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02-23-2004, 04:20 PM
I'm senior student of my dojo, being a fairly new dojo I'm actually still quite new to Aikido, although I've studied other arts.

Can anyone suggest what the role of the senior student is and how far his or her authority extends?


02-23-2004, 05:17 PM
I'm senior student of my dojo, being a fairly new dojo I'm actually still quite new to Aikido, although I've studied other arts.

Can anyone suggest what the role of the senior student is and how far his or her authority extends?

Being a senior student is about being the kind big brother. Friendly, but firm when required. You will play a big part is creating the atmosphere for the dojo.

Beyond technical assistance to those newer than yourself, just try to set a good example.

People will response positively when the seniors are friendly & helpful.

As far as authority goes, you should ask your sensei. Only he knows what sort of role he wants his seniors to play in that regard.

02-23-2004, 05:43 PM
you should ask your sensei. Only he knows what sort of role he wants his seniors to play in that regard.

or SHE! ;)

02-23-2004, 11:05 PM
or SHE! ;)
:blush: very true. ;)

02-24-2004, 05:51 AM
the kind big brother I knew I got this wrong...

Yann Golanski
02-24-2004, 06:14 AM
Big brother is watching you.


Sorry, could not resist.

jaime exley
02-24-2004, 10:46 AM
Of the two words in "Senior Student" I think the word student is of primary importance. It's true that people will be watching you closely to see what's expected from them. Therefore, you'll probably have to train harder than the rest, show up early for class, take a proactive role in cleaning the dojo and generally be a "model" student. That's your job, to model for the others what a good student should be. Never forget that the other students joined the dojo to study with Sensei (not you) and that any influence that you have in the dojo will be a result of leading by example.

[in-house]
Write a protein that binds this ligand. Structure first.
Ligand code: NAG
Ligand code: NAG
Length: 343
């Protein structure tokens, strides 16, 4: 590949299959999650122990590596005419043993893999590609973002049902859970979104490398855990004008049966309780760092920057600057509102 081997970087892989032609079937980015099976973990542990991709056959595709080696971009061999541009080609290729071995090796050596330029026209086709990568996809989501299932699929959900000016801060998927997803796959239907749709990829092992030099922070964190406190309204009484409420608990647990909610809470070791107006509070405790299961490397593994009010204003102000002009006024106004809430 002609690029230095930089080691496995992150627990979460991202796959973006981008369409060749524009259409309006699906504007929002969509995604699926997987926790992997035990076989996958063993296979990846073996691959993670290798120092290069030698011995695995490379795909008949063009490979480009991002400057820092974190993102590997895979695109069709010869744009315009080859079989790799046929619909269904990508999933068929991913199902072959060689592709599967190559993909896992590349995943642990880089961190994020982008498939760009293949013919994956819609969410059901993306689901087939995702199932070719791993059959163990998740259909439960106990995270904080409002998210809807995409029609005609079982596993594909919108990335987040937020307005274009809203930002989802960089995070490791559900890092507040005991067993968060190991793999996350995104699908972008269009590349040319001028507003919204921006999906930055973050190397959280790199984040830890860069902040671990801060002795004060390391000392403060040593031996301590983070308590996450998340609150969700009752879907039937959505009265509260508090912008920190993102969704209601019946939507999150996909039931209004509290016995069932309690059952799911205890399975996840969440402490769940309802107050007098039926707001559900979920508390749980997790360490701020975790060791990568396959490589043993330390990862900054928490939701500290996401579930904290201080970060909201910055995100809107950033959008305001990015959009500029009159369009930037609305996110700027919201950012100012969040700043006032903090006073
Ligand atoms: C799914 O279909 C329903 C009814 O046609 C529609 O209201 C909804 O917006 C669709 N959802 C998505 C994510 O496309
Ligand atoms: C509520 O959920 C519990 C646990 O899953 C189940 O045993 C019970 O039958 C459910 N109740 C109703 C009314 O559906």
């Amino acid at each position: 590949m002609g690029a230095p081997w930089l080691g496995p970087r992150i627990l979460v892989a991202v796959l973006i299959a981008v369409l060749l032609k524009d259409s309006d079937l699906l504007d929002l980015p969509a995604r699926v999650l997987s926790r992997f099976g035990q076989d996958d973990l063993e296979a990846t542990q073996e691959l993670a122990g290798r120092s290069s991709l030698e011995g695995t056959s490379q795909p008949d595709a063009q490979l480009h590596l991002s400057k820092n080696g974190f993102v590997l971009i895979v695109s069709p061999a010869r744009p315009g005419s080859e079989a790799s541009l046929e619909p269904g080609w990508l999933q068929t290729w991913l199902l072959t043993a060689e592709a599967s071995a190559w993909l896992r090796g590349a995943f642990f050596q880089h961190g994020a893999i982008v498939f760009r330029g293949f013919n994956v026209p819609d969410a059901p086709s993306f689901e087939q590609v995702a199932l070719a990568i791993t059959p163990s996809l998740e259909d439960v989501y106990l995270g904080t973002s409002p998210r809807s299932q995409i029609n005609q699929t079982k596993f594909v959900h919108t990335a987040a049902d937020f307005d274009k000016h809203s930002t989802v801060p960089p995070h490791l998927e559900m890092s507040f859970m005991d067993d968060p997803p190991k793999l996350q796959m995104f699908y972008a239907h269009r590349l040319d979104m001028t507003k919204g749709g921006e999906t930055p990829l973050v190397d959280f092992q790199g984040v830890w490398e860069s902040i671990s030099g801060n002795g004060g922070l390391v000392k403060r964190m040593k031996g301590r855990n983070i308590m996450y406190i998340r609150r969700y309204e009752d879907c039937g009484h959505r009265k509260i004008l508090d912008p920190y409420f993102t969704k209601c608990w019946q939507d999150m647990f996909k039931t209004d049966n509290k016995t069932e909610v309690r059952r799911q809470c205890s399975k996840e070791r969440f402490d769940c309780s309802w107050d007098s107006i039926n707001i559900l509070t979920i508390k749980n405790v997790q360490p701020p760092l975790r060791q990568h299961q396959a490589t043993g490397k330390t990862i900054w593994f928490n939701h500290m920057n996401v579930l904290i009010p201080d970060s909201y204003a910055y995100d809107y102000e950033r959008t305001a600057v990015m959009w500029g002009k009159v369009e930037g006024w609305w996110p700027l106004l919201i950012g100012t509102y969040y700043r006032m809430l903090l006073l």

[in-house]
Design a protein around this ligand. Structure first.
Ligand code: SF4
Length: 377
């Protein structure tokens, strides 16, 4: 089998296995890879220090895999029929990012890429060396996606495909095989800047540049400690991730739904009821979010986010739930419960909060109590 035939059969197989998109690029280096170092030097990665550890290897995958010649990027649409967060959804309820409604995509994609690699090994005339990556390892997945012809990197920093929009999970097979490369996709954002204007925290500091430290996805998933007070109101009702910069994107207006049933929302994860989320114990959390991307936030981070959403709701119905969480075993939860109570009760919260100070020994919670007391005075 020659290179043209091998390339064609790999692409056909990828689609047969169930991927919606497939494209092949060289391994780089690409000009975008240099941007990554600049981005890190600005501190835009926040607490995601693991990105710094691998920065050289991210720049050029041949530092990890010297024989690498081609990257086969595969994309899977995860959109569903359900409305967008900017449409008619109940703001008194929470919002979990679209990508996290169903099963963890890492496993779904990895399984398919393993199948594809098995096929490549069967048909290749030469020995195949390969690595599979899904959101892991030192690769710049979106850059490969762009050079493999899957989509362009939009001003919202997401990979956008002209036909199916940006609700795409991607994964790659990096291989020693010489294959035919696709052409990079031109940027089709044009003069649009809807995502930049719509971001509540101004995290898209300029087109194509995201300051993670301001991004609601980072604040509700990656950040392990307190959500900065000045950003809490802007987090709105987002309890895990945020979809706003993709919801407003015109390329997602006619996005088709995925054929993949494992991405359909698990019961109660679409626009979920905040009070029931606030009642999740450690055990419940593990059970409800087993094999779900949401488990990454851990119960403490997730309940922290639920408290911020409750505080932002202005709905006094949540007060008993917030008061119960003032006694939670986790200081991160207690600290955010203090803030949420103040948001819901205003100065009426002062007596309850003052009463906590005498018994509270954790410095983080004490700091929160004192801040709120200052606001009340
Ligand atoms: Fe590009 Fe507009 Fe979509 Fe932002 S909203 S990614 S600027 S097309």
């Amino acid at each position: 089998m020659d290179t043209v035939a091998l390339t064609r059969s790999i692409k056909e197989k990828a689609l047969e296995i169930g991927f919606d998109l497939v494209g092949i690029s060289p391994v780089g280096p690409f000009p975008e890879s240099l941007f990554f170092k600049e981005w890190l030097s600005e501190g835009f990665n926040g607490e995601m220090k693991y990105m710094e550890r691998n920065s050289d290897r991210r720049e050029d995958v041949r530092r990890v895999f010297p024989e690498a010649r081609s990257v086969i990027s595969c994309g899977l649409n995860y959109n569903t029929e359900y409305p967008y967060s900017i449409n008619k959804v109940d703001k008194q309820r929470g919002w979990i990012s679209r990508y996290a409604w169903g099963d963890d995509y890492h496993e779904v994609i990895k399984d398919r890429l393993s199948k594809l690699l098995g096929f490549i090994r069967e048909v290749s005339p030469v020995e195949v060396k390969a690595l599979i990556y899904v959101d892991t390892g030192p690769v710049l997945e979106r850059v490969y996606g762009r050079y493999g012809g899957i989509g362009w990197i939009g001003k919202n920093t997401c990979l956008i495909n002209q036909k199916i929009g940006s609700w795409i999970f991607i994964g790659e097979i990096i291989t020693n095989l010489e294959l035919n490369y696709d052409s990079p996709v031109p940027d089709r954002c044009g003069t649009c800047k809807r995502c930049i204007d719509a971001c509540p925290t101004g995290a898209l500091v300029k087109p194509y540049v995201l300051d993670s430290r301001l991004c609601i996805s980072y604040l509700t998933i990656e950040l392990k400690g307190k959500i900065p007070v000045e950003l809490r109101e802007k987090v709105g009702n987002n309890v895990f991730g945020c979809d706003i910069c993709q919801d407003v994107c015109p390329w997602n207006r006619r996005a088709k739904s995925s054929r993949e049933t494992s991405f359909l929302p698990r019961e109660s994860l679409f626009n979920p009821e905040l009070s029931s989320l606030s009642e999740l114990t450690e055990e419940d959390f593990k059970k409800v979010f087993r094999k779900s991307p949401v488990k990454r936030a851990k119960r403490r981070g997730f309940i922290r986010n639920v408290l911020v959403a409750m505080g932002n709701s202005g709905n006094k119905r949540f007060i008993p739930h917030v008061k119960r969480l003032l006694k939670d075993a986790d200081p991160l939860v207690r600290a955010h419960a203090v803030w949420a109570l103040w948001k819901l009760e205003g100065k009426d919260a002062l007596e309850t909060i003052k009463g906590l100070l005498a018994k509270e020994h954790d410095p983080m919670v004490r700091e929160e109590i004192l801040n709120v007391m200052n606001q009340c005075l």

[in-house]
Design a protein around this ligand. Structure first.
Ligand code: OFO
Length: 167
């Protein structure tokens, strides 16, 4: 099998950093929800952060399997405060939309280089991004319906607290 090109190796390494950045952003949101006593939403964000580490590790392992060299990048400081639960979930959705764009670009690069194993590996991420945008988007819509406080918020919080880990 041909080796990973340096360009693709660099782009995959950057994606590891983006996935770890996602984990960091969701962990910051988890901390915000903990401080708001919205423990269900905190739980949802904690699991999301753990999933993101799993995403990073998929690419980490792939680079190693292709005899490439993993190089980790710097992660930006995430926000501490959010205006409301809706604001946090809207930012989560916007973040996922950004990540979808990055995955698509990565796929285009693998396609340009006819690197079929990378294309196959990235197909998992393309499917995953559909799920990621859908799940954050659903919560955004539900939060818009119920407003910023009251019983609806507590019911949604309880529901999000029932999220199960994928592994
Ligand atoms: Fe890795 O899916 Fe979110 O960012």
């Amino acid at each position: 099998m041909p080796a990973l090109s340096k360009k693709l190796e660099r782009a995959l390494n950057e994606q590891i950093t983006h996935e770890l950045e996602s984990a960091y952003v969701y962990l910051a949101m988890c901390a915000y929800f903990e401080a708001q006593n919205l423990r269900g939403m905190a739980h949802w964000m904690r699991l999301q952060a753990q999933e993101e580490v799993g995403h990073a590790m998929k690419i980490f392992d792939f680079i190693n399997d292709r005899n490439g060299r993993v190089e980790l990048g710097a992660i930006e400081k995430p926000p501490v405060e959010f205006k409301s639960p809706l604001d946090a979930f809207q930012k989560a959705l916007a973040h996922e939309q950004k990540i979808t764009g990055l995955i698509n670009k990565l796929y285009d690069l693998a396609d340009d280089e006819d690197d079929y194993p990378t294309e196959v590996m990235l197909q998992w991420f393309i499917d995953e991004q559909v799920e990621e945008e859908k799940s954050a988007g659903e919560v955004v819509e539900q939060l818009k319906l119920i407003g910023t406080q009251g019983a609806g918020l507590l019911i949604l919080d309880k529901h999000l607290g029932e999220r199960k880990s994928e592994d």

02-24-2004, 03:38 PM
I was senior student from almost day one! It was a new dojo and I never missed a class! I was new to it, so I new very little, although I have a lot of training before in other arts.

The job of senior students is not to teach, guide or anything else, but one thing - you lead by example!!!

Set an example by training hard, displaying your enthusiasm, and definitely keeping to etiquete, showing respect to your Sensei at alltimes. That is the duty of senior studemts, but there is one more, very very important - train and learn!!!


Lyle Laizure
12-28-2004, 12:28 AM
Leading by example is wonderful and very necessary. When it comes to athourity you need to check with your sensei.

12-28-2004, 09:27 AM
Train hard.
Lead from the front and by example.
Be of humble assistance as requested by Sensei.

12-28-2004, 10:46 AM
The word "humble" in the above reply somehow grates a bit. I agree that in aikido we show respect and strive to keep ego out of the equation - but, we are who we are and should be happy and at peace with that, no? That's what makes training with different partners so interesting and fun. Why be humble when you can be happy and proud and delighted and eager and curious and interested?
Humble I guess is a culturally loaded word, and so I am probably reacting to that. If you mean that you shouldn't go strutting your stuff and behave towards your sensei as if you have nothing more to learn, then yes, be humble - otherwise it's guaranteed that you will get a chance to prove yourself!.
Sr. students come in all kinds of forms, some will inspire you and some won't do a thing for you. But they're all people who do their best and who are doing it for their own reasons. I would not describe most of them as humble. They laugh, are boisterous, basically play with each other (and us "jr." students) before and after class, make themselves available as test-training partners, and just beam their excitement. Students who display their humbleness and "oh great one I am not worthy" often seem insincere to me, and a lot more aware of their own status and value and selves.